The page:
The inventory covers an area of 1460 km2 and includes 17 347 landslides (Fig. 3) corresponding to an average density of about 15.6 landslides per square kilometre (Table 1) if lowland plains are excluded. Locally, landslide density reaches 60 landslides per square kilometre. Landslide size (landslide area, AL in square metres) is in the range 1.9 × 101 < AL < 6.8 × 106 (Table 1). Overall, landslides cover an area of 442 km2, which represents the 39 % of the hilly and mountainous portion of the study area.
In this section the different groups of elements comprising the inventory will be analytically described. Section 4.1 to 4.3 describe landslides classified according to their relative age, type classification, and estimated depth. Section 4.4 describes the widespread landslides (i.e. landslides represented as groups of failures due to their small size and high spatial frequency). Section 4.5 gives the descriptive statistics of the landslide inventory, and Sect. 4.6 presents the geomorphological elements (i.e. elements that are considered in relation to slope evolution and that can provide useful information for landslide identification and mapping).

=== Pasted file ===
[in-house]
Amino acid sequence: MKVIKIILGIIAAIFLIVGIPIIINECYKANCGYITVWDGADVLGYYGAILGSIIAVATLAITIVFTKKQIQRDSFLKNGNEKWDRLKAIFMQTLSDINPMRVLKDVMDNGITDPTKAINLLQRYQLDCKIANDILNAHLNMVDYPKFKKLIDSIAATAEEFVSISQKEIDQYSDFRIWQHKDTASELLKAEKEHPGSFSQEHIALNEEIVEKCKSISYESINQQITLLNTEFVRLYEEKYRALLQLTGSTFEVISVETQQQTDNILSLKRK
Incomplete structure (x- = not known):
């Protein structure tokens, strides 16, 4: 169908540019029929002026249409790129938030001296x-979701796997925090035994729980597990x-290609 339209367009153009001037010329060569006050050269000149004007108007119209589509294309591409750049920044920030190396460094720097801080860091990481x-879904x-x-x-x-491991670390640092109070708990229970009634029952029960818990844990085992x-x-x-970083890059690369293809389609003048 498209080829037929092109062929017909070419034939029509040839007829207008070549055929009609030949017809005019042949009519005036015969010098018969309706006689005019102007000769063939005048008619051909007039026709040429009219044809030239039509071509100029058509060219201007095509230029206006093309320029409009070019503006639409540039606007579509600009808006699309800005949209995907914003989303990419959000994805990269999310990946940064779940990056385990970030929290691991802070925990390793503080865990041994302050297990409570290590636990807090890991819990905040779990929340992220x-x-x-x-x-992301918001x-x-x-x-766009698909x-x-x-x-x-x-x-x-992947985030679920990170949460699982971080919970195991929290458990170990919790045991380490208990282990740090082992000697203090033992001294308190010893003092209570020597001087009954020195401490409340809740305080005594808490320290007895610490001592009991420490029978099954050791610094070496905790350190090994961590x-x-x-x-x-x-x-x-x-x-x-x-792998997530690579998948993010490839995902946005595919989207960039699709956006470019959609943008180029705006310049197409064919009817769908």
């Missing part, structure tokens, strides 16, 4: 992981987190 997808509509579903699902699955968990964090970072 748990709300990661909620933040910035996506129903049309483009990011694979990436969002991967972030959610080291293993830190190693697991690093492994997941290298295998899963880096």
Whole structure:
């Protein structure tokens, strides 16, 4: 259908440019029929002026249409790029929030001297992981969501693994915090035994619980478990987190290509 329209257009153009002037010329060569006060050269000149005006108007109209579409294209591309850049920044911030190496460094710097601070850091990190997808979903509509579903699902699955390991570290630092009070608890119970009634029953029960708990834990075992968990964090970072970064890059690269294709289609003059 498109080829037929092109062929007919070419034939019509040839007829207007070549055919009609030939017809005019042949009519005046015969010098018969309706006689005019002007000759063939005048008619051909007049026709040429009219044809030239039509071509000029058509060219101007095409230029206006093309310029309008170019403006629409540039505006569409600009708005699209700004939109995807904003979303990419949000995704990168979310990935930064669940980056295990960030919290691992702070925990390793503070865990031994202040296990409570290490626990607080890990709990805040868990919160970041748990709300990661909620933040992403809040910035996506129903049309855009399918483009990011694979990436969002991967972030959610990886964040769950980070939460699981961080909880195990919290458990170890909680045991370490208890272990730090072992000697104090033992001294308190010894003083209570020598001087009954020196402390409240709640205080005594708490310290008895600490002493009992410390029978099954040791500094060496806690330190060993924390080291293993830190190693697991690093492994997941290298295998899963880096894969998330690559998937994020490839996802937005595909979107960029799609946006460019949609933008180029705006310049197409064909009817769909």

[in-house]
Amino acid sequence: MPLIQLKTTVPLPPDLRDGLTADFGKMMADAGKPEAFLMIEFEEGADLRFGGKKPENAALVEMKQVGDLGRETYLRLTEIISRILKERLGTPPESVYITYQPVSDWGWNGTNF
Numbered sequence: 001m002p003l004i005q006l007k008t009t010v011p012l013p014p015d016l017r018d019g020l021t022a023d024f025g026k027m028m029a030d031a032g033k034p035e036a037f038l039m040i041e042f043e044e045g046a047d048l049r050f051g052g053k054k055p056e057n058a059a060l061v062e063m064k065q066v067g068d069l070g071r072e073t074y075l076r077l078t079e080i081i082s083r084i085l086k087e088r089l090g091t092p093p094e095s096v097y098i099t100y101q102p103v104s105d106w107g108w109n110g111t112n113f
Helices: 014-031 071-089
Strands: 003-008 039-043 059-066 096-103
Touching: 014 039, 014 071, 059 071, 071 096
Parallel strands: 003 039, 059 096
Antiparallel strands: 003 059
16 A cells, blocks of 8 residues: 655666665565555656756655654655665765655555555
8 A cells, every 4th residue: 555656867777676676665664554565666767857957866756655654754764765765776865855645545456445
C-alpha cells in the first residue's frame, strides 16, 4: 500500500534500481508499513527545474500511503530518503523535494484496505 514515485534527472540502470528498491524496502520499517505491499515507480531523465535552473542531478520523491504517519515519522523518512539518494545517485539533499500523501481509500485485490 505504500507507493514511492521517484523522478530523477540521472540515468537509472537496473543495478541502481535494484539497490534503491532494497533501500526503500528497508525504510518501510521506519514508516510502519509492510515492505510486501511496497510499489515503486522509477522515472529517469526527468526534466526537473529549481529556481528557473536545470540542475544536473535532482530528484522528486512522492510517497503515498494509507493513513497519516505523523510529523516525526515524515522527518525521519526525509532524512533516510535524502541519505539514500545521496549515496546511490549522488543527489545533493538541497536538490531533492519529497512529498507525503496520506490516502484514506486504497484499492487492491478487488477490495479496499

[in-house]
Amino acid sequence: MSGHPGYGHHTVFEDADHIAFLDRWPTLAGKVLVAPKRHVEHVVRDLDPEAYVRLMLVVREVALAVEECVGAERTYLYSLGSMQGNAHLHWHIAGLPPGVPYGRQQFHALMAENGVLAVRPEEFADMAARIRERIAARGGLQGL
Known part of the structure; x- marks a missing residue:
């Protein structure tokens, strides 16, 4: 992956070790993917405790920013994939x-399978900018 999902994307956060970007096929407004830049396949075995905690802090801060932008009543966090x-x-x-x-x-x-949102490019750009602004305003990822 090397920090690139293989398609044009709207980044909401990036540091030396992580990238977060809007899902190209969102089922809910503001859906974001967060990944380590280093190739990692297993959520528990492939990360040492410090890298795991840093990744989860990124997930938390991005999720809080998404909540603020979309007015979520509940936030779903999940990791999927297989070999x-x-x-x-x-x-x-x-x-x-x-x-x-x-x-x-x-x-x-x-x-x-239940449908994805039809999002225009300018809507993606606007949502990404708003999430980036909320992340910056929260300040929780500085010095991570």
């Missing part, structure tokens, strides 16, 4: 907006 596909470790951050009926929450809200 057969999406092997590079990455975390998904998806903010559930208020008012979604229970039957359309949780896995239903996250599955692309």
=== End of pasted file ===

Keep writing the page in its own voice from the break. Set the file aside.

4.1 Landslide by relative age
Based on their appearance in aerial photographs, landslides were classified according to their relative age, namely (i) very old relict landslides, (ii) very old landslides, (iii) old landslides, and (iv) recent landslides (Fig. 3). The four relative age levels are the result of a major subdivision, referring to the general morphologic appearance of landslides (Keaton and DeGraff, 1996), and are based on the assumption that evidence of landslides becomes less obvious with increasing age, due, for example, to erosion processes, vegetation growth, and occurrence of other landslides. Hence, older landslides are more difficult to detect than more recent ones.